Original Research

Contributing factors to high prevalence of hearing impairment in the Elias Motsoaledi Local Municipal area, South Africa: A rural perspective

Karin Joubert, Donna Botha
South African Journal of Communication Disorders | Vol 66, No 1 | a611 | DOI: https://doi.org/10.4102/sajcd.v66i1.611 | © 2019 Karin Joubert, Donna Botha | This work is licensed under CC Attribution 4.0
Submitted: 17 September 2018 | Published: 20 February 2019

About the author(s)

Karin Joubert, Department of Speech Pathology and Audiology, University of the Witwatersrand, South Africa; and Ndlovu Wits Audiology Clinic and Outreach Programme, South Africa, South Africa
Donna Botha, Department of Speech Pathology and Audiology, University of the Witwatersrand, South Africa; and Private Practice, Edenvale, South Africa, South Africa


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Abstract

Background: There is evidence that the factors contributing to the prevalence and aetiology of hearing impairment vary widely from one country to another. In South Africa, as in other low-income and middle-income countries, more context-specific information on the estimated prevalence of hearing impairment and the factors that contribute to its onset is required.

Aim: The aim of this study was to provide decision-makers and hearing health professionals with local and accurate information on the prevalence of ear and hearing disorders in the Elias Motsoaledi Local Municipal (EMLM) area of the Limpopo province, South Africa.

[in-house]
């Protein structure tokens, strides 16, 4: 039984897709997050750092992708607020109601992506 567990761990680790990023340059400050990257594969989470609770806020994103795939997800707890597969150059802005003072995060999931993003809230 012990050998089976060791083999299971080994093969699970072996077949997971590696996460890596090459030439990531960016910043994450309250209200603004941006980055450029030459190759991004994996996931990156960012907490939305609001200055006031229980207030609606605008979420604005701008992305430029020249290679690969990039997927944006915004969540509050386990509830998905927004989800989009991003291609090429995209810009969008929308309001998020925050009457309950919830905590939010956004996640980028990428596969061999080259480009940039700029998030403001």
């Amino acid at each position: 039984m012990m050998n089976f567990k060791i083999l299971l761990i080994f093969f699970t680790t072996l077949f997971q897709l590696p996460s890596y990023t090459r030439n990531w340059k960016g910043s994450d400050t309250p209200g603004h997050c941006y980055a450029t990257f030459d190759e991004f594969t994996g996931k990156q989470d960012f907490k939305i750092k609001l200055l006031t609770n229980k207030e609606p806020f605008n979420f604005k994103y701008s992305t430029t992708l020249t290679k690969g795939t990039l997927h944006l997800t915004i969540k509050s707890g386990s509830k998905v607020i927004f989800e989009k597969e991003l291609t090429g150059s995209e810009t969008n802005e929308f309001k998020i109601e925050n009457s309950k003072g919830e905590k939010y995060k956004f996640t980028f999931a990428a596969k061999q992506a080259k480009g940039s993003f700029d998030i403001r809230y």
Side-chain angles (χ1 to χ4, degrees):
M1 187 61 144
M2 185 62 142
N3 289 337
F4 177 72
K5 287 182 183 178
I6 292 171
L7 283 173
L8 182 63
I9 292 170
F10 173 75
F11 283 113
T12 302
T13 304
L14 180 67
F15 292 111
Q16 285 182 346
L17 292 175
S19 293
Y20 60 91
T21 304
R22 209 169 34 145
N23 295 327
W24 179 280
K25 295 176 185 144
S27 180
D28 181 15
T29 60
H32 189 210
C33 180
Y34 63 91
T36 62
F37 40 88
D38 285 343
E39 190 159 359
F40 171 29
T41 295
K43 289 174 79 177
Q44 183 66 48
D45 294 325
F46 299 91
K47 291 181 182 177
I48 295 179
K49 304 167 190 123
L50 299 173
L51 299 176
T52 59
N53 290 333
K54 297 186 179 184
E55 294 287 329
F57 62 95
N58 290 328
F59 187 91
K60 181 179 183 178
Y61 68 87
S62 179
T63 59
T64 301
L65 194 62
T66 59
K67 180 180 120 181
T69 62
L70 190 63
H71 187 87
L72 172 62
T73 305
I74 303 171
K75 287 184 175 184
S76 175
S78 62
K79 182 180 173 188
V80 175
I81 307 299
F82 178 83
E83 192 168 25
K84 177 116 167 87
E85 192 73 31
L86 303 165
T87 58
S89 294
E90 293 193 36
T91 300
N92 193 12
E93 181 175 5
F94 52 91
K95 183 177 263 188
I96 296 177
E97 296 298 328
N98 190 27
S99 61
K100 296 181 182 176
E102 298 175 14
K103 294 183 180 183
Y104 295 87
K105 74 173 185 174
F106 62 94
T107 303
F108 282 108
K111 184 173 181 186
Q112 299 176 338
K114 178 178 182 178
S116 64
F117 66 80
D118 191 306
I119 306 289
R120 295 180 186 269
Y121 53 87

Methods: The World Health Organization (WHO) protocol for population-based surveys of prevalence and causes of deafness, hearing impairment and other ear diseases was utilised. A random multi-stage cluster sampling strategy, two-stage sampling, was utilised to select the seven municipal wards and 357 households through the probability proportional to size method. A total of 850 participants were included in the study.

Results: The overall prevalence of hearing impairment was 19.88% (95% confidence interval [CI]: 0.15–0.2) and 8.94 (95% CI: 0.08–0.12) for disabling hearing impairment. The prevalence of ear disease was 13.19% (95% CI: 0.10–0.15), with impacted cerumen and otitis media reported most often. Associations with hearing impairment were established for age, gender and hypertension.

Conclusion: The study has shown a higher prevalence of disabling hearing impairment in the rural EMLM area of the Limpopo province compared to global prevalence rates. In addition, known factors associated with hearing impairment were confirmed.


Keywords

Prevalence; Hearing impairment, Disability hearing impairment, Rural, South Africa

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